I hink the HRV has paid for itself in savings on AC alone, as we use AC much less.

    I have read a lot of material on the passive house concept and I have a few thoughts. One is that one undiscussed reason why I think people need an HRV in them is OSB. Houses that use a lot of OSB or any fiberboard products, I think need powered ventilation. Most American houses would qualify. (Newer homes often smell like formaldehyde to me.)

    I don't think putting a return in the kitchen is smart unless its at the opposite end of a large kitchen from the stove, an HRV is not a range hood.

    (Range hoods are also problematic because the depressurize houses)
    I also wouldn't put an HRV fresh air supply behind a refrigerator because in my experience, refrigeraor coils are often dusty and worse, sometimes they can get moldy. We tried to put our supplies near windows (and above radiators) and our returns nearer the interior. he air is often cool but really rarely is it really cold.

    An HRV return does make sense in a bathroom, as. Its preferable to an exhaust only fan. Make sure there is clearance under the bathroom door and that that HRV return is just one of many, not the only return. Try to have a pair in rooms, not just one or the other.

    I also think its super important to put the outdoor air intake where its going to get freshest air possible. Which usually means up and away on the side of a house, away from garbage storage areas and driveways where cars may idle. Putting it near the ground will also pick up more dust, pollen and bugs. For various reasons I think putting it high as possible on the side of the house with a bit of clearance away from the wall itself is best. The exhausts should be as far away as is practicable. And they should be wide enough. 6 inch is a minimum size, in retrospect, because the hood restricts airflow, even more is better if possible.  Make sure all the vents are accessible and cleanable from both directions. The manufacturers recommend it, but I would avoid flexi duct esp. fiberglass insulated duct. Also slant the beginning of the duct at the intake duct downward and outward inside so that any moisture flows outside (you can also use four very short piece of mylar flexiduct to mechanically isolate the HRV which is best hung from the rafters with cable or chain to reduce noise. Straight metal ducting with access for cleaning, with the 2 legs between the HRV and the outside short as possible and wrapped with nonfiberglass insulation I think is best. I am currently using flexiduct for some of my system and it has to be cleaned at least once a year.. the grooves catch dust- it gets dusty. Straight metal is easy to clean with a brush.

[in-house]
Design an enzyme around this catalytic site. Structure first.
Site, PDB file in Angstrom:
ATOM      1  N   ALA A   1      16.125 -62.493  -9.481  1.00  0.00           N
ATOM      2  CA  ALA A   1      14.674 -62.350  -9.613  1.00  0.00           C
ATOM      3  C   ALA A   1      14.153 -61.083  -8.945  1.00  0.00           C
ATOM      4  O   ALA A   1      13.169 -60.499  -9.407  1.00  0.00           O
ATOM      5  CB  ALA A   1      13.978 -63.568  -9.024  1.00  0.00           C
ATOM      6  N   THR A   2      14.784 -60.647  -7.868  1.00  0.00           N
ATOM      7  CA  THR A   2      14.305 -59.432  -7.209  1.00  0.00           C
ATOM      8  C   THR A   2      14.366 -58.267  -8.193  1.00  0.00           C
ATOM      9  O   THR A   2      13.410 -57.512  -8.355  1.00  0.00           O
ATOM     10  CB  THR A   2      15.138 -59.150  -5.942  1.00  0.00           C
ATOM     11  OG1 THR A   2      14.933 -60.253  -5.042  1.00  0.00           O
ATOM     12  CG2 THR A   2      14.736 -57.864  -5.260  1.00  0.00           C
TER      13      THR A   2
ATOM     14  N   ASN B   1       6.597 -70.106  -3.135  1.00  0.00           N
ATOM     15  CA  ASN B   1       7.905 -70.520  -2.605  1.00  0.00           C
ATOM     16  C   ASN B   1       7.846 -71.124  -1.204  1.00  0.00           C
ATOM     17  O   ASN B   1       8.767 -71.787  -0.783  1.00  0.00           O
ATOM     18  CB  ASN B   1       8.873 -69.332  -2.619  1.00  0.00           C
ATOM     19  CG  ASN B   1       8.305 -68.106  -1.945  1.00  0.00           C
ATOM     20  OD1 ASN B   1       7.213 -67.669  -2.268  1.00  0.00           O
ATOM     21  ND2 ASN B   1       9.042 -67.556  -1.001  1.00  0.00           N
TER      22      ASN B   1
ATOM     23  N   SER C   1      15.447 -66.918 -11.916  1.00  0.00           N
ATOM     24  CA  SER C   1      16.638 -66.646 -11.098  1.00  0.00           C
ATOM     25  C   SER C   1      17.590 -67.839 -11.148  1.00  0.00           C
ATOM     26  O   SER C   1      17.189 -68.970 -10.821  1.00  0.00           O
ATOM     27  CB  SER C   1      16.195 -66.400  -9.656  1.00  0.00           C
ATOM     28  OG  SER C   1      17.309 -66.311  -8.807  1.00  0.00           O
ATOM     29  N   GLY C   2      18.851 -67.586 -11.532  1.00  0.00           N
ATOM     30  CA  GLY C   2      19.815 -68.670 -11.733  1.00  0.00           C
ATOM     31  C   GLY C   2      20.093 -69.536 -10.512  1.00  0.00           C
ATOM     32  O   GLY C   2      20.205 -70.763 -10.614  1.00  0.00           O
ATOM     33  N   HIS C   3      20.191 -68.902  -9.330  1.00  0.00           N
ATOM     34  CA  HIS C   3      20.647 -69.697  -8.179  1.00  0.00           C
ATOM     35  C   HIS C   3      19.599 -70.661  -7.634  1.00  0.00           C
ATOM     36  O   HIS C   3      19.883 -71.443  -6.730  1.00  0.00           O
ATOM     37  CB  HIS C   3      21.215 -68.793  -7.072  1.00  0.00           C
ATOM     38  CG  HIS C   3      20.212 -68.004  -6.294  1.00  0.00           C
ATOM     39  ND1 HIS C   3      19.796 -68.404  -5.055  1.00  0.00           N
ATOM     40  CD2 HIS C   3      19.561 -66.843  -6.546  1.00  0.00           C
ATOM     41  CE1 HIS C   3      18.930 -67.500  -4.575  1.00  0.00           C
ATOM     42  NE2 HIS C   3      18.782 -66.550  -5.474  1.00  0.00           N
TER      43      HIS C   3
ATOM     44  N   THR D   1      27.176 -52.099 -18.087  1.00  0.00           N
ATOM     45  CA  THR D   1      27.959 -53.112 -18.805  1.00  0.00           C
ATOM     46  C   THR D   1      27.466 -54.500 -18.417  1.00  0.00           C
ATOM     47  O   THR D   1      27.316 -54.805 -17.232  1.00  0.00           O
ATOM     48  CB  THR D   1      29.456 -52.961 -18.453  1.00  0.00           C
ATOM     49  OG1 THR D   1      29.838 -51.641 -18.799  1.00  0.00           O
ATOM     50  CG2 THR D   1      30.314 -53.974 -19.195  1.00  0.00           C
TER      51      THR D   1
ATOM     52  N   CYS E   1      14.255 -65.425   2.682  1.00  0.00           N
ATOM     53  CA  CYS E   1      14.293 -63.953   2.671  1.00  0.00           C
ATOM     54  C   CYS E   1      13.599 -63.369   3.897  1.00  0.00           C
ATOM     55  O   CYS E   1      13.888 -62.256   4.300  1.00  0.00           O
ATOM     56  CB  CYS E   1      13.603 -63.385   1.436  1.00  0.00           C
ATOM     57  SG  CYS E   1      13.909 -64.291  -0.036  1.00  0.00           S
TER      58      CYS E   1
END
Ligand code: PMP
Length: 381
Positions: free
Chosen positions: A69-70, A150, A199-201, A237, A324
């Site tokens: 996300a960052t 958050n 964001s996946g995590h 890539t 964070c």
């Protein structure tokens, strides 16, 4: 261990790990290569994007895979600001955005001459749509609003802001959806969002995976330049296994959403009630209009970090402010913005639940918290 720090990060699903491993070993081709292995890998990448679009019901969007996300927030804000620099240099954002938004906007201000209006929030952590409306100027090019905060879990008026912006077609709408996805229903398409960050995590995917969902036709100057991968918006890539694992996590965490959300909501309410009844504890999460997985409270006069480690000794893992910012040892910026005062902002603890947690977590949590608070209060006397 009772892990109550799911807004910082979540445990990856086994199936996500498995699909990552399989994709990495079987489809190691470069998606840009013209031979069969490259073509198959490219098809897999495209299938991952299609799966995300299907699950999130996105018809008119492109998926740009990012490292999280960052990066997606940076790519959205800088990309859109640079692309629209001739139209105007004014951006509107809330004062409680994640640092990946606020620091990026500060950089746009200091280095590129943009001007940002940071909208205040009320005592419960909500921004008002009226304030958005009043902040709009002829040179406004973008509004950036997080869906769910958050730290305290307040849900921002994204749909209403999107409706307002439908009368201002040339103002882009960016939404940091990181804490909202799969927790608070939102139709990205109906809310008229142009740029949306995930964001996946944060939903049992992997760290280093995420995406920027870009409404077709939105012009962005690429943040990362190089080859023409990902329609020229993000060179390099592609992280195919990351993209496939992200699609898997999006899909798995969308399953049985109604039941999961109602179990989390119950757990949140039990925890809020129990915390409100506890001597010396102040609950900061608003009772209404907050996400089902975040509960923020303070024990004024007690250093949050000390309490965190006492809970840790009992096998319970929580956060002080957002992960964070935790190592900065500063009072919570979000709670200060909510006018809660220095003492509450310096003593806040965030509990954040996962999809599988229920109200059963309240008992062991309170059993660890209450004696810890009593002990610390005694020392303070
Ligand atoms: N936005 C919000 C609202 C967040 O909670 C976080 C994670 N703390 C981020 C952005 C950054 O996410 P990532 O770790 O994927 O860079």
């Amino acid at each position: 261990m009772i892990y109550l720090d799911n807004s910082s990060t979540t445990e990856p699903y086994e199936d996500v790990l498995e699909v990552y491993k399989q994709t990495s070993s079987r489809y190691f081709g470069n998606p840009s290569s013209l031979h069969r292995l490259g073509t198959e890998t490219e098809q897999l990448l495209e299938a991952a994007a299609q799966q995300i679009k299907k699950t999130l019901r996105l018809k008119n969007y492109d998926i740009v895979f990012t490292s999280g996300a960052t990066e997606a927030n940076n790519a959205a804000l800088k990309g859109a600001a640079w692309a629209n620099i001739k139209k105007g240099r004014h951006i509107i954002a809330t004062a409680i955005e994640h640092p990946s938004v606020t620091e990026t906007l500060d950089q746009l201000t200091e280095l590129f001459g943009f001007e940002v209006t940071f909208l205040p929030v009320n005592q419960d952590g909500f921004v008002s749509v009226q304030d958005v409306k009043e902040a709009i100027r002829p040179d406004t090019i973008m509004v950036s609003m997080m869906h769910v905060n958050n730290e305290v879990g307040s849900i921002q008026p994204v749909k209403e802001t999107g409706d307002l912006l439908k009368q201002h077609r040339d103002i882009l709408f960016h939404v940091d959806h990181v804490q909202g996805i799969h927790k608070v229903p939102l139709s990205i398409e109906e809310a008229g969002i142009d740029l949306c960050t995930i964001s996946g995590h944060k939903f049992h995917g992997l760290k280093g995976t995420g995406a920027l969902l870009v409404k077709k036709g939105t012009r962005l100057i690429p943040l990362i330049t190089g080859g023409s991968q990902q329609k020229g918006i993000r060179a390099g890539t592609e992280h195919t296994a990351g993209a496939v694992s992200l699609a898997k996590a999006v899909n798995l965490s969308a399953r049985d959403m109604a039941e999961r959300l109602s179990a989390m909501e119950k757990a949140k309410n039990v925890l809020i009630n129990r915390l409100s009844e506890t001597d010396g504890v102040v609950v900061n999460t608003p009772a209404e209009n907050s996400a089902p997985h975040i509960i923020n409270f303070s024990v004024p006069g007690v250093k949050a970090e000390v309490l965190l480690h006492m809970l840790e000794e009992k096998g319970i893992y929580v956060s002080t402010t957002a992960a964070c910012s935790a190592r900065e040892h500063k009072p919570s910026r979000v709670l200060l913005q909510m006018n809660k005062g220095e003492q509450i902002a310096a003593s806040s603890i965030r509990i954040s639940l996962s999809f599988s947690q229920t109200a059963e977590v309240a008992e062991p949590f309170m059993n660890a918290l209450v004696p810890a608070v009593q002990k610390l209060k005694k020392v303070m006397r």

This post was edited by an admin on November 1, 2011 7:48 PM.
  • NRT_Rob NRT_Rob @ 3:06 PM
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    we do ventilation regularly

    I almost never use anything but an ERV to avoid overdrying in the winter. We like the UltimateAir ERV... best stats available, and it provides MERV12 filtration while it's at is. 50 watts for 50 CFM continuous, 95% recovery, etc. Does need preheat on very cold days but that's a tiny amount of energy use. ECM, boostable to 200 CFM.

    1. we exhaust bathrooms. watch your CFMs, you want at least 50 in a bath. I've seen arguments against this. I think those arguments are dumb, at least if you are using a high efficiency unit like this.

    2. supply IN EVERY LIVING SPACE. Bedrooms, living rooms, anywhere people hang out that isn't being exhausted. Fresh air does not magically blend. Moisture will move, but pollutants may not. do not skimp on this.

    3. some passivehouses just put a duct heater in the ventilation. at 200 cfm that's over 8,000 BTU/hr.

    4. high velocity would just make it more of an energy hog. Your ducts will be 3" to 8" max anyway. no biggie.

    5. make sure those runs to the outside are insulated and DON'T RUN DUCT IN UNCONDITIONED SPACE!!!
    NRT.Rob
  • SWEI SWEI @ 12:16 AM
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    Greenheck

    Not sure if the their Vari-Green motor is available in their ERVs yet, but that combo would give you complete control with high efficiency.
  • Weezbo Weezbo @ 10:51 PM
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    Mark, *~//: )

    may i now ask you a question or two about the experience?
    Now that you have installed this do you now have a list of questions that you wish you could have known to ask ahead of time?

    .....................

    Did you roll some radiant to manouver btus from high solar gain side to cool side of building in conjunction with your install by using two smaller units? and radiant zoning with constant circulation and differential pressure controls ?